A second fleet of Hyundai Nexo hydrogen cars is on its way to Brisbane where the next trial of the future technology is due to commence by the end of this year.
Australia is on the brink of opening its third public refuelling station for hydrogen cars – in Brisbane, following recent openings in Melbourne and Canberra – and a second fleet of Hyundai Nexo vehicles has arrived in Sydney ahead of the next real-world trial of the future tech.
Hyundai’s hydrogen-car fleet trial formally commenced on Friday 26 March 2021 in Canberra, the nation’s capital, while Toyota’s hydrogen-car fleet trial officially started on Monday 29 March 2021 in Melbourne.
Both brands had tested previous generation hydrogen cars in Australia over the past five years – in limited numbers, as part of internal trials – but this is the first time such vehicles have been made available to specially-selected fleets locally.
The hydrogen vehicles being used in the Australian fleet trials are showroom-ready, however the Toyota Mirai and Hyundai Nexo won’t be sold to the general public via dealerships until there are sufficient refuelling points.
For now there are only two hydrogen refuellers open to specialist fleets – in Melbourne and Canberra. Hyundai also has a hydrogen refuelling point behind its Sydney headquarters, however it is not open to the public.
In Europe, Japan and the US, it is already possible to drive the equivalent distance of Sydney to Melbourne in a hydrogen car because there is a network of refuelling points alongside conventional fuel bowsers at strategically-located petrol stations.
While a hydrogen-powered car has the range to travel from Canberra to Sydney on one tank, there isn’t yet enough refuelling points to drive on hydrogen from Canberra to Melbourne or Sydney to Brisbane, though the Hyundai Nexo (shown below) could come close with its claimed 666km maximum driving range.
The Queensland Government announced its trial of hydrogen cars in August 2019 and, in partnership with gas supplier BOC and the federal government’s future fuels agency, helped fund a $3.1 million “pilot project” to install a 220kW electrolyser and 100kW solar array at BOC’s Bulwer Island facility, north east of the Brisbane CBD near the mouth of the Brisbane River.
The Australian Renewable Energy Agency (ARENA) provided $950,000 in funding to the project, which will utilise some of the gas infrastructure already on site as well as establishing a local refuelling station for hydrogen cars.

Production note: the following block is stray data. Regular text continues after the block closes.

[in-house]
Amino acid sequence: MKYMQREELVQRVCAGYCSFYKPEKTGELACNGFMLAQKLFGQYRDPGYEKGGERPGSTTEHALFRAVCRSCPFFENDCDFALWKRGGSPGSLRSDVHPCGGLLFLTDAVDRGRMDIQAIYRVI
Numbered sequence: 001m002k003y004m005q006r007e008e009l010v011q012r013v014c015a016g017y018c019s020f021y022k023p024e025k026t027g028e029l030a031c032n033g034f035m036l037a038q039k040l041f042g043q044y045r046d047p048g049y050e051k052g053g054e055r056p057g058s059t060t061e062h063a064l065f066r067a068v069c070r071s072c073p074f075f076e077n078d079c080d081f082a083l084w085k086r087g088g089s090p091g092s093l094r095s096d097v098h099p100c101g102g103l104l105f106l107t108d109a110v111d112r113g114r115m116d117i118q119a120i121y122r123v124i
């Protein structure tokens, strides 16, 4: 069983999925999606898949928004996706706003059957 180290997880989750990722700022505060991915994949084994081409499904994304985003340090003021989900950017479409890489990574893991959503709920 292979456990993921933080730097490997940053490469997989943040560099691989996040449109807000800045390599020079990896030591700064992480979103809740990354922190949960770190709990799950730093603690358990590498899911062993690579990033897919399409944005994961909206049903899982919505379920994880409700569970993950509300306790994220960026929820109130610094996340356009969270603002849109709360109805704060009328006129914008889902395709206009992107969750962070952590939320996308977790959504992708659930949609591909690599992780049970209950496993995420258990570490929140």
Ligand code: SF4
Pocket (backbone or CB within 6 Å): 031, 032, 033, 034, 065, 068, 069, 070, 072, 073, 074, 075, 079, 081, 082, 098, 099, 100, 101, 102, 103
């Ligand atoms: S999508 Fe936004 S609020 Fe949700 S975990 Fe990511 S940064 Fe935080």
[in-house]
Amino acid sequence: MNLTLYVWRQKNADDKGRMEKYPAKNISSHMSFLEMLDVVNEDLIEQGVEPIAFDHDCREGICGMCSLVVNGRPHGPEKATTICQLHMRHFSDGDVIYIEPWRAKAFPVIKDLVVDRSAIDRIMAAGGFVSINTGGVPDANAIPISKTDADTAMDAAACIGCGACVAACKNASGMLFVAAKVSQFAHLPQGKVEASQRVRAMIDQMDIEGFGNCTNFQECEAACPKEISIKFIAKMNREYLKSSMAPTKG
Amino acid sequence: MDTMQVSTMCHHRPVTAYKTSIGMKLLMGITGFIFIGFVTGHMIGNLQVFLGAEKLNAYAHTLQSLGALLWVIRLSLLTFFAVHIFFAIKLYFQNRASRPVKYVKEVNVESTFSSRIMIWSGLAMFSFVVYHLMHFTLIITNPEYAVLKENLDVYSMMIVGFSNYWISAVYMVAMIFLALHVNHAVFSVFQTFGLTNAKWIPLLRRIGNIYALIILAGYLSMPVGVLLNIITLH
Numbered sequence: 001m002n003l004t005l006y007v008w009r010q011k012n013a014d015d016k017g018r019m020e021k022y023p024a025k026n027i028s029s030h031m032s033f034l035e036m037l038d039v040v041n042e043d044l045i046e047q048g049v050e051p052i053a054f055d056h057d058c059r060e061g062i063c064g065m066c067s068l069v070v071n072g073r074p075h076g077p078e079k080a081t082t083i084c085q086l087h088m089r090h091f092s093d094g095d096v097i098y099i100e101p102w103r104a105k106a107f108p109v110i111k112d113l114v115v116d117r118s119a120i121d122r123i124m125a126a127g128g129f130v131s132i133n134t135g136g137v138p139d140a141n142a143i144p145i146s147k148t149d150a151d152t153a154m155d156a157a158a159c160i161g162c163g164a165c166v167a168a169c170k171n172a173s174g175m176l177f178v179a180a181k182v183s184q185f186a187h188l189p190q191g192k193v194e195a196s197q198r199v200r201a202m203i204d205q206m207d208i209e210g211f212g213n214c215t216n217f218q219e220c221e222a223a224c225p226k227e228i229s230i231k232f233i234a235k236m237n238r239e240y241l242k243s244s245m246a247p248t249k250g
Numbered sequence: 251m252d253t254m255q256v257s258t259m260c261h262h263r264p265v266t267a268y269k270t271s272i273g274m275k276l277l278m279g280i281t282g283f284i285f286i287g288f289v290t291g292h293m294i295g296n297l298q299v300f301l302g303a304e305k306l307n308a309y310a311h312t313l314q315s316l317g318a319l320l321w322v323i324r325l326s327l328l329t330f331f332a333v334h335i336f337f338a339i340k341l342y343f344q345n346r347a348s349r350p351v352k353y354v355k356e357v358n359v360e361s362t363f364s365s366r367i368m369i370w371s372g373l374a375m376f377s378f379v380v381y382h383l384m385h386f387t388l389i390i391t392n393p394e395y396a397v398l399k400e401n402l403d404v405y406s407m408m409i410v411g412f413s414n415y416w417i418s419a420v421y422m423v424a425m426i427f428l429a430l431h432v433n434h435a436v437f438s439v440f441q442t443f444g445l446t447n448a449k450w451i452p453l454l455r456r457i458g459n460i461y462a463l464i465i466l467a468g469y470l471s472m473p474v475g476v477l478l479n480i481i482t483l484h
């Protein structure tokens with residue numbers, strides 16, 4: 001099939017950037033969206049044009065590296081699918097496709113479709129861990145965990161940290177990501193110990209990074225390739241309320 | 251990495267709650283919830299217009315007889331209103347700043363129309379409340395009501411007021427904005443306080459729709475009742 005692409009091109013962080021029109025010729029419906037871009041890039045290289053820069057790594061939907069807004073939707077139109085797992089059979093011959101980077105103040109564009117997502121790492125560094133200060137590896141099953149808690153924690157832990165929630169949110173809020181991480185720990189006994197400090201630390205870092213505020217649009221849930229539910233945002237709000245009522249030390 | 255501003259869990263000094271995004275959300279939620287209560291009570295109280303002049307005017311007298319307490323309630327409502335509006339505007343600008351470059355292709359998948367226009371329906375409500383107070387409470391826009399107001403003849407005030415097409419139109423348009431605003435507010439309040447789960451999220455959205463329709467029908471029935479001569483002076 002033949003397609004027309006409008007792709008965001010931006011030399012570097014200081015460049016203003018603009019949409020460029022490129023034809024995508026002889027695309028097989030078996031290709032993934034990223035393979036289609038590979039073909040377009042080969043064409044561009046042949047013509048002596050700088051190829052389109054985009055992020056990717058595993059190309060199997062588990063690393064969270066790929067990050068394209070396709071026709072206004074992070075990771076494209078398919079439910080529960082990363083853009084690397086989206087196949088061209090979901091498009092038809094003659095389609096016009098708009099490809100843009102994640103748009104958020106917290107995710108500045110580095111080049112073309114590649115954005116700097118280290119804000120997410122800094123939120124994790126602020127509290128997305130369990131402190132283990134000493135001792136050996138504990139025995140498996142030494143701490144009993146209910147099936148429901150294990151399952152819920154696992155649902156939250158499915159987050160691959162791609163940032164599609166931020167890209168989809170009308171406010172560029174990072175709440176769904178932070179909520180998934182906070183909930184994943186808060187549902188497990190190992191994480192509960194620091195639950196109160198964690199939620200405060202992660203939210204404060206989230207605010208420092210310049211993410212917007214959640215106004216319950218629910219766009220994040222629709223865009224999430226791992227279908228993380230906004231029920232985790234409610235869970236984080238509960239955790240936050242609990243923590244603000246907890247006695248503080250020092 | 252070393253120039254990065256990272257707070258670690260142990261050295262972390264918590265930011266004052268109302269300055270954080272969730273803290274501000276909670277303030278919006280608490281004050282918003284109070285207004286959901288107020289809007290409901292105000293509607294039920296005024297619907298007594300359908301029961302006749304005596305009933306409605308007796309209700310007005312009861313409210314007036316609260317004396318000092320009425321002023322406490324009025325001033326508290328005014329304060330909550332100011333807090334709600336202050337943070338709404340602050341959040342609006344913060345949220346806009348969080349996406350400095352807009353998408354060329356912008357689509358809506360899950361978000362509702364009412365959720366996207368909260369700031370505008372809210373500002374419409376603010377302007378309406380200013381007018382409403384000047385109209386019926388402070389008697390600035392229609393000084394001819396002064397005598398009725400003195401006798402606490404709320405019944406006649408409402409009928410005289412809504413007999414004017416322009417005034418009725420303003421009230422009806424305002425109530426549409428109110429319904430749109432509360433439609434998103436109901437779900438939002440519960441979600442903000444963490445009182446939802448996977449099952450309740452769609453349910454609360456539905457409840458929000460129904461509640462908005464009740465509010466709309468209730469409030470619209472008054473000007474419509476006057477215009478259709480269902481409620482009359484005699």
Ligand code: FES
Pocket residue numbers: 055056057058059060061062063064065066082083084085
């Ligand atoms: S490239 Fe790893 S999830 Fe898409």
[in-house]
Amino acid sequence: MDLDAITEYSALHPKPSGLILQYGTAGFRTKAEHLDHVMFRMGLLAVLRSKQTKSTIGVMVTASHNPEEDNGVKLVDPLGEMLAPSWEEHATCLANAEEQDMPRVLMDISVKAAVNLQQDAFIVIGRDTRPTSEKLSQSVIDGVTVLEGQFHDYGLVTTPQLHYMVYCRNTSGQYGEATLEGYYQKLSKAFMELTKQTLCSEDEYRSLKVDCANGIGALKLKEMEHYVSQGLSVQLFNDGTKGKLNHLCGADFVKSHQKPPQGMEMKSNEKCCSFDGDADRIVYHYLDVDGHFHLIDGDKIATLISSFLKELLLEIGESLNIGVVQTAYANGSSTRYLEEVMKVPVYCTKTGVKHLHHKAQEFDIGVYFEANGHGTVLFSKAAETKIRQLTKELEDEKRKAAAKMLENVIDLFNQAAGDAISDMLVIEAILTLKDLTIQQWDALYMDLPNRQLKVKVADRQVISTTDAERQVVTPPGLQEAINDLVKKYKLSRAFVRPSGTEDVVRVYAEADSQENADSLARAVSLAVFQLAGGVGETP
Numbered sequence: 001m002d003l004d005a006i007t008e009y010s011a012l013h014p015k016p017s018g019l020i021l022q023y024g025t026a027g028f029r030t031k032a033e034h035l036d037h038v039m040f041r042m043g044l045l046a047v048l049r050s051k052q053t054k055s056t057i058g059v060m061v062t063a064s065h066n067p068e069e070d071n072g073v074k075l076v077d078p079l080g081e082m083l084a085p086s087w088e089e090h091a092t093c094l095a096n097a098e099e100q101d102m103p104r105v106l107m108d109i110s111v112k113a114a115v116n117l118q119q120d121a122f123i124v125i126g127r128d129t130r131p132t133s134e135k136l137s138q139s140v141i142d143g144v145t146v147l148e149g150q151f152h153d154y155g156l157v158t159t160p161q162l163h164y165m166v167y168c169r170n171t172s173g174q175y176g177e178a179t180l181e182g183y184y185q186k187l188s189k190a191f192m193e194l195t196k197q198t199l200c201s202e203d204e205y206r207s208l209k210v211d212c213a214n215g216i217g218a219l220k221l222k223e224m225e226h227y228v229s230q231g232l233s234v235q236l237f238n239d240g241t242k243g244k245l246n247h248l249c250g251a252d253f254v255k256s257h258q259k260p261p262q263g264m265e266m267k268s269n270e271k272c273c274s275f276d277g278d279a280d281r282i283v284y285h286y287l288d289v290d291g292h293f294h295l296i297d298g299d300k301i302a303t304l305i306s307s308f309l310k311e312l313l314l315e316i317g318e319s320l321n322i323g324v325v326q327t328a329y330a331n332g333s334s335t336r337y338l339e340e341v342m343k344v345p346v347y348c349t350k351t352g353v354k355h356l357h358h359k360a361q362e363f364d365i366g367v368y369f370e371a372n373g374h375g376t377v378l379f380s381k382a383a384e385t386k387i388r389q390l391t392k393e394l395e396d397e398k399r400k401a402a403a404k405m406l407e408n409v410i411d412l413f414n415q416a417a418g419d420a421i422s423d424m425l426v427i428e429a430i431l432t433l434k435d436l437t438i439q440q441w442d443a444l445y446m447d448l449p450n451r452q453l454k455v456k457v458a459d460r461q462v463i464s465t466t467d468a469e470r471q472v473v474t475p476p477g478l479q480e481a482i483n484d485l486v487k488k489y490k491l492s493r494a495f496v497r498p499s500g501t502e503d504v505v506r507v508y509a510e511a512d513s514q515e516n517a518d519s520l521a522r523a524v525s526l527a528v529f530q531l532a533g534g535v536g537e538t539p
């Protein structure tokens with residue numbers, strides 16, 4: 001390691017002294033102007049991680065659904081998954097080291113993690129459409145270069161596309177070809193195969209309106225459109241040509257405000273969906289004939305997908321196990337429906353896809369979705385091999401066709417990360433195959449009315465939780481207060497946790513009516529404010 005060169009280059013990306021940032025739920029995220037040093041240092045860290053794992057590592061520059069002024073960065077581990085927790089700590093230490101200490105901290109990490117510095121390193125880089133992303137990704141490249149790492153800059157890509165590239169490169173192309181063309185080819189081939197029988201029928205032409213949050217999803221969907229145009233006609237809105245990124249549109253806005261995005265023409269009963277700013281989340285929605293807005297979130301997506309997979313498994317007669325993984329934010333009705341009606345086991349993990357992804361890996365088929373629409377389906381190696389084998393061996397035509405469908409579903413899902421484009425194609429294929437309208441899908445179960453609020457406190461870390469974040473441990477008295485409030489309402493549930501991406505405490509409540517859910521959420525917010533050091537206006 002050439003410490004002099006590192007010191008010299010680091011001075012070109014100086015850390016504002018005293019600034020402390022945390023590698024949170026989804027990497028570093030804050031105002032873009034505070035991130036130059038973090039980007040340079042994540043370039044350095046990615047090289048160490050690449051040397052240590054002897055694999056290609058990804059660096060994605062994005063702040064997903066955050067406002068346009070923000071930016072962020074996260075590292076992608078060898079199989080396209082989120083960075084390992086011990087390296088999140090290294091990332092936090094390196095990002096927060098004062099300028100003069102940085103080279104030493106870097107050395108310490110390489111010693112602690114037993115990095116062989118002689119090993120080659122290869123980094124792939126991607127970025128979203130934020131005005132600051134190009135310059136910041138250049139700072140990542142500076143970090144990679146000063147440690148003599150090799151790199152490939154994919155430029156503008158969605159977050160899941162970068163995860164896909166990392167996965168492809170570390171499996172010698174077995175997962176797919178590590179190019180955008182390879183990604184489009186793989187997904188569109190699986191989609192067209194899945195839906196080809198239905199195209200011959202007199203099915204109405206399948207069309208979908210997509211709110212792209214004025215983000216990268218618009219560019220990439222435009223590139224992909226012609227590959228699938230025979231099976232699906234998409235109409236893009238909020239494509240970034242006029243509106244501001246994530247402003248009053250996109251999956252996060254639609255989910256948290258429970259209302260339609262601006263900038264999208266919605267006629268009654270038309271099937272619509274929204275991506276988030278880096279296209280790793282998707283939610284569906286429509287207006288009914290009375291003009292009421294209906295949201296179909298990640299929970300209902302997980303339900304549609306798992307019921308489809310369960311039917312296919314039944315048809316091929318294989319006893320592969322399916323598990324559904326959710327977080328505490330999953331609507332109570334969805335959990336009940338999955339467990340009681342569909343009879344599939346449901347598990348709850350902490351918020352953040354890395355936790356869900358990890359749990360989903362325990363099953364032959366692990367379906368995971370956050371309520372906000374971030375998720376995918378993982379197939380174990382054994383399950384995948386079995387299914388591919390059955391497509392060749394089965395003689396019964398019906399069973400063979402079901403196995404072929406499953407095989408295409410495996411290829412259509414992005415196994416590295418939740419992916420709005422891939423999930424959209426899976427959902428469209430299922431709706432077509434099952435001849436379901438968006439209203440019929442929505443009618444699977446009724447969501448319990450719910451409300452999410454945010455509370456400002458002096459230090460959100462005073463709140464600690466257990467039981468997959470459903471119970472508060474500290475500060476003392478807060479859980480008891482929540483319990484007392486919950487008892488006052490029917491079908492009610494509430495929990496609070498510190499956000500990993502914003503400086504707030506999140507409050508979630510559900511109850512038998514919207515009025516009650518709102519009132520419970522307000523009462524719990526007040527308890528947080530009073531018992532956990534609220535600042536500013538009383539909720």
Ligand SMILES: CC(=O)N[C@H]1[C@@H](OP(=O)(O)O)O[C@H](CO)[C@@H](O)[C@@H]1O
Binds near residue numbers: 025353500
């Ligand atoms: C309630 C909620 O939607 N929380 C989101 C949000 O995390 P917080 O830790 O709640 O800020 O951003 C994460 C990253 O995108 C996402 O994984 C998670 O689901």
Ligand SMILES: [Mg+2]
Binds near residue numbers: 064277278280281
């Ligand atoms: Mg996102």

BOC forecast it will be able to provide up to 50kg of renewable hydrogen per day for the new Brisbane refuelling station.
By comparison, the Toyota site in Melbourne can produce up to 80kg of renewable hydrogen per day.
The Canberra refuelling station at the centre of the Hyundai trial can produce 22kg of hydrogen per day and store 50kg. It also has scope to triple the current output and double the current storage.
While exact timing of the opening of the Brisbane hydrogen refuelling station is yet to be announced, CarAdvice understands it is due to be operational within two to three months – and the next five Hyundai Nexo cars have already arrived, ready for their fleet trial.
Joshua Dowling has been a motoring journalist for more than 20 years, spending most of that time working for The Sydney Morning Herald (as motoring editor and one of the early members of the Drive team), and then News Corp Australia. He has been with CarAdvice since late 2018 and is a World Car of the Year judge.
Joshua covers motoring news, car reviews and comparison tests – and has a keen interest in all aspects of the automotive industry, including price movements, sales data and consumer protection. He assesses in excess of 150 cars per year to stay current with new models.
When working for News Corp Australia he covered the factory shutdowns of the Ford, Toyota and Holden factories in 2016 and 2017 – and the debate leading up to those decisions, including interviewing global executives in Detroit. Dowling also broke the news in early 2020 that Holden would exit Australia for good, ahead of other mainstream media and motoring media outlets.
Dowling has a passion for affordable cars and commercial vehicles and, in particular, double cab utes. He believes electric cars will eventually become a part of our motoring lives – once cost and range anxiety issues are resolved.